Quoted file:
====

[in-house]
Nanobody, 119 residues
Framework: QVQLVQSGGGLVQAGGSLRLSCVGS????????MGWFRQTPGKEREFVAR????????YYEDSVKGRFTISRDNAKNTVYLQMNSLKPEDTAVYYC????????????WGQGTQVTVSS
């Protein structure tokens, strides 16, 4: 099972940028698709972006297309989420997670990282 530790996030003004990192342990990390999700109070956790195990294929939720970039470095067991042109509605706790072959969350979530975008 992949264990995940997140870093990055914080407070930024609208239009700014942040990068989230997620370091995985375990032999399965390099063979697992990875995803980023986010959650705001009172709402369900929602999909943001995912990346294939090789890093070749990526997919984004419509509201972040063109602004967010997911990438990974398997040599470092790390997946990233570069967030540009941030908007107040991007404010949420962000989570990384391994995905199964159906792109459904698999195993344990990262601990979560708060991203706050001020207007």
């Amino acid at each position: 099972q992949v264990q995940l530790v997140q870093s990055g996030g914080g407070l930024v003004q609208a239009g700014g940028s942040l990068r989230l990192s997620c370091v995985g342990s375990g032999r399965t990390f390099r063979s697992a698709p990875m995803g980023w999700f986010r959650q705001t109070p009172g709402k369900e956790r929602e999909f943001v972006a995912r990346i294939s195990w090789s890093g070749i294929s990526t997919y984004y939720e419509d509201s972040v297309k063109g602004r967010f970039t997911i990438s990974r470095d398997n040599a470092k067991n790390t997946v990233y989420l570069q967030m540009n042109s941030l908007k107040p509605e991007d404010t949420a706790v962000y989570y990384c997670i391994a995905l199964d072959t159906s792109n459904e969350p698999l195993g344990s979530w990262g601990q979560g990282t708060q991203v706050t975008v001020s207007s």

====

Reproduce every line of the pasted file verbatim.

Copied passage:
[in-house]
Nanobody, 119 residues
Framework: QVQLVQSGGGLVQAGGSLRLSCVGS????????MGWFRQTPGKEREFVAR????????YYEDSVKGRFTISRDNAKNTVYLQMNSLKPEDTAVYYC????????????WGQGTQVTVSS
């Protein structure tokens, strides 16, 4: 099972940028698709972006297309989420997670990282 530790996030003004990192342990990390999700109070956790195990294929939720970039470095067991042109509605706790072959969350979530975008 992949264990995940997140870093990055914080407070930024609208239009700014942040990068989230997620370091995985375990032999399965390099063979697992990875995803980023986010959650705001009172709402369900929602999909943001995912990346294939090789890093070749990526997919984004419509509201972040063109602004967010997911990438990974398997040599470092790390997946990233570069967030540009941030908007107040991007404010949420962000989570990384391994995905199964159906792109459904698999195993344990990262601990979560708060991203706050001020207007």
């Amino acid at each position: 099972q992949v264990q995940l530790v997140q870093s990055g996030g914080g407070l930024v003004q609208a239009g700014g940028s942040l990068r989230l990192s997620c370091v995985g342990s375990g032999r399965t990390f390099r063979s697992a698709p990875m995803g980023w999700f986010r959650q705001t109070p009172g709402k369900e956790r929602e999909f943001v972006a995912r990346i294939s195990w090789s890093g070749i294929s990526t997919y984004y939720e419509d509201s972040v297309k063109g602004r967010f970039t997911i990438s990974r470095d398997n040599a470092k067991n790390t997946v990233y989420l570069q967030m540009n042109s941030l908007k107040p509605e991007d404010t949420a706790v962000y989570y990384c997670i391994a995905l199964d072959t159906s792109n459904e969350p698999l195993g344990s979530w990262g601990q979560g990282t708060q991203v706050t975008v001020s207007s």